Creationist group taints world of science
Published: Sunday, September 18, 2011
Updated: Tuesday, November 20, 2012 17:11
On September 20th 2011 at 7pm, a group of religious fundamentalists will be attempting to disprove a foundational scientific fact that happens to clash with a core belief of their religion. They will try to do this by presenting examples of biological processes that they believe are too irreducibly complex to be explained by science and will conclude that the only possible explanation is that their magical supernatural deity did it.
The fundamentalist group is, of course, the Discovery Institute. The scientific fact is that of evolutionary biology. Their efforts are not merely an absurd waste of time and resources, but a malignant attack on rationality and intellectualism.
The event is a monumental embarrassment to the academic rigor of Southern Methodist University if not humanity as a whole.
By resorting to supernatural explanations for natural processes, the evangelicals from the Discovery Institute are essentially proclaiming that the best explanation for the immense diversity and complexity of life on our pale blue speck of dust hurling through space is lots and lots of pseudoscientific magic.
It's the deepest insult possible to the generations of scientists that stood up to the common superstitions of their time: it took the Catholic Church about 200 years to accept the idea for which they had persecuted Galileo (that the earth was not the center of the universe) and another 200 to apologize (in 1992).
Is the fact of evolution incompatible with religious views? Of course not!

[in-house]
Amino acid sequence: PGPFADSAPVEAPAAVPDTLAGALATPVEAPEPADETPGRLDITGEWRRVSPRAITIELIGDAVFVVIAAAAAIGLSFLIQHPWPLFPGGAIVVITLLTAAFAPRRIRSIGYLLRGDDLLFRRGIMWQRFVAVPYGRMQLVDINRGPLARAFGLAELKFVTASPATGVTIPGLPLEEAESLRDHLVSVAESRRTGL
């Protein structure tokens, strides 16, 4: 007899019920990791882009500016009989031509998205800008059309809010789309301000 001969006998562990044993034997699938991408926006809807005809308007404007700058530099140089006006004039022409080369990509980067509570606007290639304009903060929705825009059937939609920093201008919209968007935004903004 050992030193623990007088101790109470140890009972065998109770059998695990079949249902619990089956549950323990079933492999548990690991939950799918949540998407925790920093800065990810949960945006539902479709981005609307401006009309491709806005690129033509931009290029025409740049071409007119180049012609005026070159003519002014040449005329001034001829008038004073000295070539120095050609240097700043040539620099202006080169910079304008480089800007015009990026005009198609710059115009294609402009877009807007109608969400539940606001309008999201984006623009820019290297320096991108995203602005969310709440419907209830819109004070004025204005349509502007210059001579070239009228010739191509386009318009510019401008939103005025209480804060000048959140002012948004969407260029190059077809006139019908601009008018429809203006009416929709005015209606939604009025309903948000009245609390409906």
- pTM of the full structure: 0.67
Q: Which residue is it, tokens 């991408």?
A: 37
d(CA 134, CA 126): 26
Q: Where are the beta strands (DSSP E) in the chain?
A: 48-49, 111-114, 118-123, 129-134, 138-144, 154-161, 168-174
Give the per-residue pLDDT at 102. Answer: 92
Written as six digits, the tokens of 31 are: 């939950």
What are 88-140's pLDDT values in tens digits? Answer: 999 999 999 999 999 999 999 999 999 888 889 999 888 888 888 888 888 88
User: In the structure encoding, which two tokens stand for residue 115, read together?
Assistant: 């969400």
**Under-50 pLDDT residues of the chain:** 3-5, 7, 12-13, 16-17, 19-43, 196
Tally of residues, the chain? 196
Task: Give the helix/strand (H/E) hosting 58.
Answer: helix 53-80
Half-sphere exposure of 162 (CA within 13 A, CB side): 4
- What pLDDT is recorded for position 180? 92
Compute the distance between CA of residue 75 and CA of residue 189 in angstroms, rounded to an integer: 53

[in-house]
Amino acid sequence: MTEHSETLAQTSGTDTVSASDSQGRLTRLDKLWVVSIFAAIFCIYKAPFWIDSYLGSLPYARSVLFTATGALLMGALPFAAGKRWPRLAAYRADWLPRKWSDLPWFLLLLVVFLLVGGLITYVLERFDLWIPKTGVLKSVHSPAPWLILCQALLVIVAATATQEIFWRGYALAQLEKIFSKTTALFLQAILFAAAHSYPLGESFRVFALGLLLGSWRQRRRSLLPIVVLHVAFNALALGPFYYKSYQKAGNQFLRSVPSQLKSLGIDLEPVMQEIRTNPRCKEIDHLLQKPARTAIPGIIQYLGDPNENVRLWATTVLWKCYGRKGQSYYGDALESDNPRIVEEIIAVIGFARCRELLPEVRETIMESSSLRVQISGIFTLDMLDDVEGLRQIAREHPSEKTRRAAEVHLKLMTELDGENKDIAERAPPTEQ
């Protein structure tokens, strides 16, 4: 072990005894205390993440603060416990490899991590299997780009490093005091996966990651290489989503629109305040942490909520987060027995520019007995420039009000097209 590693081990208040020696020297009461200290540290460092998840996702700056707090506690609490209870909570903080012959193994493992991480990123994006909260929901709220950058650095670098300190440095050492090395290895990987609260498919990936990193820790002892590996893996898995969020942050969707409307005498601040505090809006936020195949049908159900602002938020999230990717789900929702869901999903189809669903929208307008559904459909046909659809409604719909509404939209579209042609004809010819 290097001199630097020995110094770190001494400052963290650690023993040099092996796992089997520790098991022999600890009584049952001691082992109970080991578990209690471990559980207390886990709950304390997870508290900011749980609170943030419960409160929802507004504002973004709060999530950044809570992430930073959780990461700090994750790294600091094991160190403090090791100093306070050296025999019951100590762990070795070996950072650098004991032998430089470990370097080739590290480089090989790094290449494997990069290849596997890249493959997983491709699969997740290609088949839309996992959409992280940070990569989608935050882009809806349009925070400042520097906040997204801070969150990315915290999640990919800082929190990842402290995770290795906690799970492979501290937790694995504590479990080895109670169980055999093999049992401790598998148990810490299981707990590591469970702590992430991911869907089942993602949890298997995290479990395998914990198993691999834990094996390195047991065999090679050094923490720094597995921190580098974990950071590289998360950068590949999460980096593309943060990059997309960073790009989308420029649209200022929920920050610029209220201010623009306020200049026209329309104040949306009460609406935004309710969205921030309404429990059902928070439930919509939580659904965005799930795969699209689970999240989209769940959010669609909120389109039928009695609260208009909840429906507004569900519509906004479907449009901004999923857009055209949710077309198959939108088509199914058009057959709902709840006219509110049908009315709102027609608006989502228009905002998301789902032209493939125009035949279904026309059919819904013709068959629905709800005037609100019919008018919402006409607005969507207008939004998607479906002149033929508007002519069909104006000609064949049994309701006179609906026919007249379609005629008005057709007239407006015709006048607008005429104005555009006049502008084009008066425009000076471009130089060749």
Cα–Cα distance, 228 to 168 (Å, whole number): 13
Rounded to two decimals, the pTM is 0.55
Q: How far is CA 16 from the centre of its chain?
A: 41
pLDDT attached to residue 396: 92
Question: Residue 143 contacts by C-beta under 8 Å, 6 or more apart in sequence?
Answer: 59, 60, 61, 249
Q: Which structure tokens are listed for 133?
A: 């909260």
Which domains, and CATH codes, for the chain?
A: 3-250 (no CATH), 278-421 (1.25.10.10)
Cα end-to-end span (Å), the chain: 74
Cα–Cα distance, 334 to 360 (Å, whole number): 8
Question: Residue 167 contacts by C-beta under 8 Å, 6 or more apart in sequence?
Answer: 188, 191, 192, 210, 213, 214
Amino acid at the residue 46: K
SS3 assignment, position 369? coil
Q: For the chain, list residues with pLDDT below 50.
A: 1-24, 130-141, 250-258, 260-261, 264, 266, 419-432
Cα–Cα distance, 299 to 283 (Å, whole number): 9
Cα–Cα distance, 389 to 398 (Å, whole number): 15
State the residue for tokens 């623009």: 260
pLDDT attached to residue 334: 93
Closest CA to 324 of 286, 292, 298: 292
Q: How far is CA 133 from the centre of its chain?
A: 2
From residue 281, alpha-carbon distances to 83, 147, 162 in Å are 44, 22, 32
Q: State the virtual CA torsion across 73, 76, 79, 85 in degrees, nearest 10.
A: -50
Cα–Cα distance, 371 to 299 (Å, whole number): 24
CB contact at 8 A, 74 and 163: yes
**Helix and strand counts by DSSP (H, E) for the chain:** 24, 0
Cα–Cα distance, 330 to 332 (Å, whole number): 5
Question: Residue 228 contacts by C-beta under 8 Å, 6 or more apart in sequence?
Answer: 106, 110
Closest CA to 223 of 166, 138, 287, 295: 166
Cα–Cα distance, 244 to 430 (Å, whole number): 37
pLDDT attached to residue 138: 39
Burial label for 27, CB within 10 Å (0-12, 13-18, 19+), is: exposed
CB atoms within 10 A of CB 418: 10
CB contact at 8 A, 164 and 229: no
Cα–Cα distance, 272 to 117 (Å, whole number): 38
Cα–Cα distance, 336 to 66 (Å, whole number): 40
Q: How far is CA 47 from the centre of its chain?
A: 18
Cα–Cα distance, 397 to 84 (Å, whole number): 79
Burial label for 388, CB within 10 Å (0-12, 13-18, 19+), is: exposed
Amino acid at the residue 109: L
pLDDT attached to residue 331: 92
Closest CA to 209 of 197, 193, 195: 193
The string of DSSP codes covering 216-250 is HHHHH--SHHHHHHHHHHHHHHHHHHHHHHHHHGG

I invite the Discovery Institute and its apologists to follow in the footsteps of the United Methodist Church, the Roman Catholic Church, the United Presbyterian Church, the Episcopal Church and millions of other progressive religions and religious scientists (most notably Francis Collins: evolutionary geneticist and devout Christian) and realize that evolution doesn't have to be a threat to their religious faith. If your entire moral philosophy would be shattered by studying 8th grade biology, I humbly suggest you find a way to adapt your moral philosophy.
Might the current state of evolutionary theory be incomplete?
Absolutely, but millions of scientists in medicine, biochemistry, molecular biology, and genetics have reached an overwhelming consensus supporting evolution and are using its principles to save lives and better mankind.
Evolution is a broad scientific theory (with just as much if not more support than the theory of gravity) that explains and connects many directly observable facts and has allowed us to make extremely accurate predictions about the future.
If we don't yet know the mechanism for how every intricate step in a butterfly's development has evolved, we probably will within another 100 years of research and understanding.
Even in the absurd case that evolution is someday proven to be completely wrong, how in God's name would science be made better if we threw our hands up in ignorance and screamed "God did it!" when faced with a question to which we can't immediately find the answer to? How would the knowledge that the Avian Flu was designed by a supernatural deity help us find a cure for it?
Believe what you want, but if it's a belief that fundamentally relies on faith, don't try to undermine hundreds of years of evidence and research by teaching it as science. When I'm old and infected by an opportunistic pathogen threatening my life, I'd much appreciate it if my doctors were taught to take into account the evolution of antibiotic resistance before treating me.